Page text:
Originally, as Rollins has been doing lately, the novel begins with a fictional re-telling of an actual event that occurred at the end of World War II. What exactly were the Nazi's on the verge of discovering that could quite turn the world on it's collective religious rear-end? For us, thankfully Rollins has a VERY creative answer that could very well spell doom.

From Mt. Everest to Europe and eventually to South Africa, Black Order is laced with a heavy dose of science, and no matter HOW silly it may seem when describing to someone else, Rollins has a keen knack for making it all seem just probable enough to give you chills. Whether or not the Nazi's were doing experiments using captive human guinea pigs is beyond debate...but what if some of those experiments allowed a select few the opportunity to literally play God? This is just one of the enormous ethical dilemmas that Rollins explores. At first when I realized that the storyline would be dredging up the old debate of Intelligent Design, evolution and many others, I was skeptical to say the least. I am happy to say that the author handles BOTH sides with respect regardless of which side of the fence you may occupy.

Although the action takes a bit longer to fully mature here than it did with 'Map of Bones' that doesn't mean that the entertainment factor has been sacrificed in ANY way. On the contrary, I found myself completely drawn into the debate that sets the stage for some VERY thought-provoking conversations that seriously make you just THINK -- which I believe was one of the goals that the author had in mind when deciding to tackle a subject such as this. What REALLY counts here is not just the debate that is raised, but how captivating the plot is and how well it seamlessly connects with the controversy surrounding this sensitive topic. Once again, you can hardly ask for more than what Mr. Rollins delivers in his latest outing with Sigma Force. In short: if you have even remotely enjoyed any of his previous novels, you owe it to yourself to grab this one as soon as your pocketbook will allow -- DON'T wait for the paperback unless absolutely necessary.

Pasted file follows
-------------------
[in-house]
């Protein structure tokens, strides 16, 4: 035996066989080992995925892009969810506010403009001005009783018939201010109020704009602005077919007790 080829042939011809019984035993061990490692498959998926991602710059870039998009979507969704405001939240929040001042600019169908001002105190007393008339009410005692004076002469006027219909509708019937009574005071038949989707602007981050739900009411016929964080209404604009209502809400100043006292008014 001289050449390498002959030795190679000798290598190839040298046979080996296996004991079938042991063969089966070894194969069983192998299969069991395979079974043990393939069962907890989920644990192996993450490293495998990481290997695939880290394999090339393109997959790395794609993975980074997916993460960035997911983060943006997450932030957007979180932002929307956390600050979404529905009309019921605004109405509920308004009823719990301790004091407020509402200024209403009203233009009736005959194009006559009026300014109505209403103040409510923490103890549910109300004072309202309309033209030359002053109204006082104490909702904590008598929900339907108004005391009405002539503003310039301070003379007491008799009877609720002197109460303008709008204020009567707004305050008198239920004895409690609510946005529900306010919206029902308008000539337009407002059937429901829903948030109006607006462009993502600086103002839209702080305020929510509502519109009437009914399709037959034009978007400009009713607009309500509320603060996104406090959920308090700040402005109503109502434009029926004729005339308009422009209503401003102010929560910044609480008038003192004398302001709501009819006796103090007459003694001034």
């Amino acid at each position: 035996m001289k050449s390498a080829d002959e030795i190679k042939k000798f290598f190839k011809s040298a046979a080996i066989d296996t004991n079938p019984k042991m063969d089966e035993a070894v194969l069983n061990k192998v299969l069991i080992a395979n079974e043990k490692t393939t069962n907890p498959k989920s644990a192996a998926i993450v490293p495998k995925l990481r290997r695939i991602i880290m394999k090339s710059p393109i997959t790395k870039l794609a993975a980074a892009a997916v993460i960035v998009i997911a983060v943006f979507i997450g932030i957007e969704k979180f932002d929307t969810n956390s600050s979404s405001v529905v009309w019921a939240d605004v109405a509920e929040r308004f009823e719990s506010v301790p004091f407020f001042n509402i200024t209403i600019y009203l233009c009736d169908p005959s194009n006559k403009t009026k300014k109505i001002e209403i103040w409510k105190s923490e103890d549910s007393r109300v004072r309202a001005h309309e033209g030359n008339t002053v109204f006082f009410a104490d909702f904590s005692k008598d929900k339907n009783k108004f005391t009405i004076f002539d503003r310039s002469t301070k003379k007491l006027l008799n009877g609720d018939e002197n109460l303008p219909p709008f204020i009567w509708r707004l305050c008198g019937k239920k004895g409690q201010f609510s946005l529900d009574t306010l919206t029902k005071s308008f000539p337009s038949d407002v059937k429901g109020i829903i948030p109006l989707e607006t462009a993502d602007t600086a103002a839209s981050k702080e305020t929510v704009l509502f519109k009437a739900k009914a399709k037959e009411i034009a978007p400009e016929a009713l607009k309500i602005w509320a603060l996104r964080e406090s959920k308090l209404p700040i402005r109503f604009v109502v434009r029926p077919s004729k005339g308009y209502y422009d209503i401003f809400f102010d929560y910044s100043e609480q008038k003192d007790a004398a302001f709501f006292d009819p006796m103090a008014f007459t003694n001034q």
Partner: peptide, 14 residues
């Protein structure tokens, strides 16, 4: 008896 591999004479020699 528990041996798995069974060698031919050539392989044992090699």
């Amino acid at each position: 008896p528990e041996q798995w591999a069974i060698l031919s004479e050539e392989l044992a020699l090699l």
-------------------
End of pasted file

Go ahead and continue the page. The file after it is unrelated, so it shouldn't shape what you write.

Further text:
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7 of 8 people found the following review helpful
5.0 out of 5 stars THE ULTIMATE ROLLINS!, July 14, 2006
By 
Sandy Rhoad "Insatiable reader" (Branchville, SC United States) - See all my reviews
(REAL NAME)   
Sigma Force, Painter Crowe and a few new horrifying villians are back in the most powerful Rollins of them all. This book is electrifying from the first pages and by the time you are at the end your nerves are shattered, your nails chewed to a nub and you need a Xanax. If you've read the rest of Rollins you will revel in this book - if you haven't read Rollins then read this one last because it truly takes the reader to new heights of fear. A wonderful book and certainly his best to date -- and I say, more....more!
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7 of 8 people found the following review helpful
5.0 out of 5 stars This Book Has Everything, February 16, 2007